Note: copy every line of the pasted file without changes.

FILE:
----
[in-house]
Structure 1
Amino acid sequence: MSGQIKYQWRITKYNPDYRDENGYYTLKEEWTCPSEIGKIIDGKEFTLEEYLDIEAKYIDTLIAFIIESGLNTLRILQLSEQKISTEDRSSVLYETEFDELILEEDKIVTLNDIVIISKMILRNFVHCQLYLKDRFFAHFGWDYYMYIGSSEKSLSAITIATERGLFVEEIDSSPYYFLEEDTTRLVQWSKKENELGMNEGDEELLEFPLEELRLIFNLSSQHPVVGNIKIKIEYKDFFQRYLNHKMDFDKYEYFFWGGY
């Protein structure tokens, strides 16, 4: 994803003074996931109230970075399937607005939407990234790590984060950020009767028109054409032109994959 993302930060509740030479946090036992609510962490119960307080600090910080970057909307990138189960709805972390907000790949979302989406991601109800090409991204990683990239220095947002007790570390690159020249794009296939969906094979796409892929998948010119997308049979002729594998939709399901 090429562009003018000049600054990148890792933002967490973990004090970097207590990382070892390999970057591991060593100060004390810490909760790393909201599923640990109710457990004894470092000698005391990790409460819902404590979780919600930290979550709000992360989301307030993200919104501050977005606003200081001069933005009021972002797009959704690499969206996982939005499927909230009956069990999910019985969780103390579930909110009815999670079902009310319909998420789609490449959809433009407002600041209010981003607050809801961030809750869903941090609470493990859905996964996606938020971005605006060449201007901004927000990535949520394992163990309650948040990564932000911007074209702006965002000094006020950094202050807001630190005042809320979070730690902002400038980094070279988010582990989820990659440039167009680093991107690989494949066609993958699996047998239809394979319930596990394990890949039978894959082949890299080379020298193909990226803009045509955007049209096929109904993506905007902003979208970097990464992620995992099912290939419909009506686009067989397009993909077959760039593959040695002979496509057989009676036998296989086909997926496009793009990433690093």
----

[in-house]
Structure 1
Amino acid sequence: MSGQIKYQWRITKYNPDYRDENGYYTLKEEWTCPSEIGKIIDGKEFTLEEYLDIEAKYIDTLIAFIIESGLNTLRILQLSEQKISTEDRSSVLYETEFDELILEEDKIVTLNDIVIISKMILRNFVHCQLYLKDRFFAHFGWDYYMYIGSSEKSLSAITIATERGLFVEEIDSSPYYFLEEDTTRLVQWSKKENELGMNEGDEELLEFPLEELRLIFNLSSQHPVVGNIKIKIEYKDFFQRYLNHKMDFDKYEYFFWGGY
């Protein structure tokens, strides 16, 4: 994803003074996931109230970075399937607005939407990234790590984060950020009767028109054409032109994959 993302930060509740030479946090036992609510962490119960307080600090910080970057909307990138189960709805972390907000790949979302989406991601109800090409991204990683990239220095947002007790570390690159020249794009296939969906094979796409892929998948010119997308049979002729594998939709399901 090429562009003018000049600054990148890792933002967490973990004090970097207590990382070892390999970057591991060593100060004390810490909760790393909201599923640990109710457990004894470092000698005391990790409460819902404590979780919600930290979550709000992360989301307030993200919104501050977005606003200081001069933005009021972002797009959704690499969206996982939005499927909230009956069990999910019985969780103390579930909110009815999670079902009310319909998420789609490449959809433009407002600041209010981003607050809801961030809750869903941090609470493990859905996964996606938020971005605006060449201007901004927000990535949520394992163990309650948040990564932000911007074209702006965002000094006020950094202050807001630190005042809320979070730690902002400038980094070279988010582990989820990659440039167009680093991107690989494949066609993958699996047998239809394979319930596990394990890949039978894959082949890299080379020298193909990226803009045509955007049209096929109904993506905007902003979208970097990464992620995992099912290939419909009506686009067989397009993909077959760039593959040695002979496509057989009676036998296989086909997926496009793009990433690093």